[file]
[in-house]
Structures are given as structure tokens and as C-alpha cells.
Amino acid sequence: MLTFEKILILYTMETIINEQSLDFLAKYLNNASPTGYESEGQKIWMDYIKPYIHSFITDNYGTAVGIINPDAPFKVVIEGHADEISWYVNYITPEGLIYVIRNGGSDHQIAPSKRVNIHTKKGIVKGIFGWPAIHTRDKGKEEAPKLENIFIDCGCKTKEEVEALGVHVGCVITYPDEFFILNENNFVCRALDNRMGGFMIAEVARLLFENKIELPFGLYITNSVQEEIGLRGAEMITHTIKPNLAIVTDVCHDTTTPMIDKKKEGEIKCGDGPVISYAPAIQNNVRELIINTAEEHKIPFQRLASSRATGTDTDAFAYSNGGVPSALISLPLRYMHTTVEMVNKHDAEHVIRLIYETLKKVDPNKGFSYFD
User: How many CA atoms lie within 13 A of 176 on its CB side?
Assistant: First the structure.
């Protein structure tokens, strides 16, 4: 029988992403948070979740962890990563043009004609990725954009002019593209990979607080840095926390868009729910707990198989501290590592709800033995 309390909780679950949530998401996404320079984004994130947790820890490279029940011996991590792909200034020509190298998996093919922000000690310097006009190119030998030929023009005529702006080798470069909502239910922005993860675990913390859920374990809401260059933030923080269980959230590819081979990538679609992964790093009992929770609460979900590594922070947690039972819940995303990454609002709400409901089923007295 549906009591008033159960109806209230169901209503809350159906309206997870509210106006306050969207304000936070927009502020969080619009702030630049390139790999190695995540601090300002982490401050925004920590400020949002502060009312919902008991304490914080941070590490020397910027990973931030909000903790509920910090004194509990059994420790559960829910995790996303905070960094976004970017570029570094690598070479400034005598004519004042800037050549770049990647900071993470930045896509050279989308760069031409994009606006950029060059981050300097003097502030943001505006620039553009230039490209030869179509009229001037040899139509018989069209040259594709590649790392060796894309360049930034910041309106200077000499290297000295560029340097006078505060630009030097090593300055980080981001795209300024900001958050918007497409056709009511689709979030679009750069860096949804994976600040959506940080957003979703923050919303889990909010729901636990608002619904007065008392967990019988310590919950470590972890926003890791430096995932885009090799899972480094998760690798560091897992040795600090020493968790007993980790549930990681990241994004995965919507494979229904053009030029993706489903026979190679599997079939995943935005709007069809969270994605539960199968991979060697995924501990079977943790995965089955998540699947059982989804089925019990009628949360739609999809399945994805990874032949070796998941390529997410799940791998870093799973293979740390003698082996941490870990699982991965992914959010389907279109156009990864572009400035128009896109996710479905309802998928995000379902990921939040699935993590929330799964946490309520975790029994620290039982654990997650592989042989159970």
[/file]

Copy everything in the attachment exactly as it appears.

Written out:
[in-house]
Structures are given as structure tokens and as C-alpha cells.
Amino acid sequence: MLTFEKILILYTMETIINEQSLDFLAKYLNNASPTGYESEGQKIWMDYIKPYIHSFITDNYGTAVGIINPDAPFKVVIEGHADEISWYVNYITPEGLIYVIRNGGSDHQIAPSKRVNIHTKKGIVKGIFGWPAIHTRDKGKEEAPKLENIFIDCGCKTKEEVEALGVHVGCVITYPDEFFILNENNFVCRALDNRMGGFMIAEVARLLFENKIELPFGLYITNSVQEEIGLRGAEMITHTIKPNLAIVTDVCHDTTTPMIDKKKEGEIKCGDGPVISYAPAIQNNVRELIINTAEEHKIPFQRLASSRATGTDTDAFAYSNGGVPSALISLPLRYMHTTVEMVNKHDAEHVIRLIYETLKKVDPNKGFSYFD
User: How many CA atoms lie within 13 A of 176 on its CB side?
Assistant: First the structure.
């Protein structure tokens, strides 16, 4: 029988992403948070979740962890990563043009004609990725954009002019593209990979607080840095926390868009729910707990198989501290590592709800033995 309390909780679950949530998401996404320079984004994130947790820890490279029940011996991590792909200034020509190298998996093919922000000690310097006009190119030998030929023009005529702006080798470069909502239910922005993860675990913390859920374990809401260059933030923080269980959230590819081979990538679609992964790093009992929770609460979900590594922070947690039972819940995303990454609002709400409901089923007295 549906009591008033159960109806209230169901209503809350159906309206997870509210106006306050969207304000936070927009502020969080619009702030630049390139790999190695995540601090300002982490401050925004920590400020949002502060009312919902008991304490914080941070590490020397910027990973931030909000903790509920910090004194509990059994420790559960829910995790996303905070960094976004970017570029570094690598070479400034005598004519004042800037050549770049990647900071993470930045896509050279989308760069031409994009606006950029060059981050300097003097502030943001505006620039553009230039490209030869179509009229001037040899139509018989069209040259594709590649790392060796894309360049930034910041309106200077000499290297000295560029340097006078505060630009030097090593300055980080981001795209300024900001958050918007497409056709009511689709979030679009750069860096949804994976600040959506940080957003979703923050919303889990909010729901636990608002619904007065008392967990019988310590919950470590972890926003890791430096995932885009090799899972480094998760690798560091897992040795600090020493968790007993980790549930990681990241994004995965919507494979229904053009030029993706489903026979190679599997079939995943935005709007069809969270994605539960199968991979060697995924501990079977943790995965089955998540699947059982989804089925019990009628949360739609999809399945994805990874032949070796998941390529997410799940791998870093799973293979740390003698082996941490870990699982991965992914959010389907279109156009990864572009400035128009896109996710479905309802998928995000379902990921939040699935993590929330799964946490309520975790029994620290039982654990997650592989042989159970």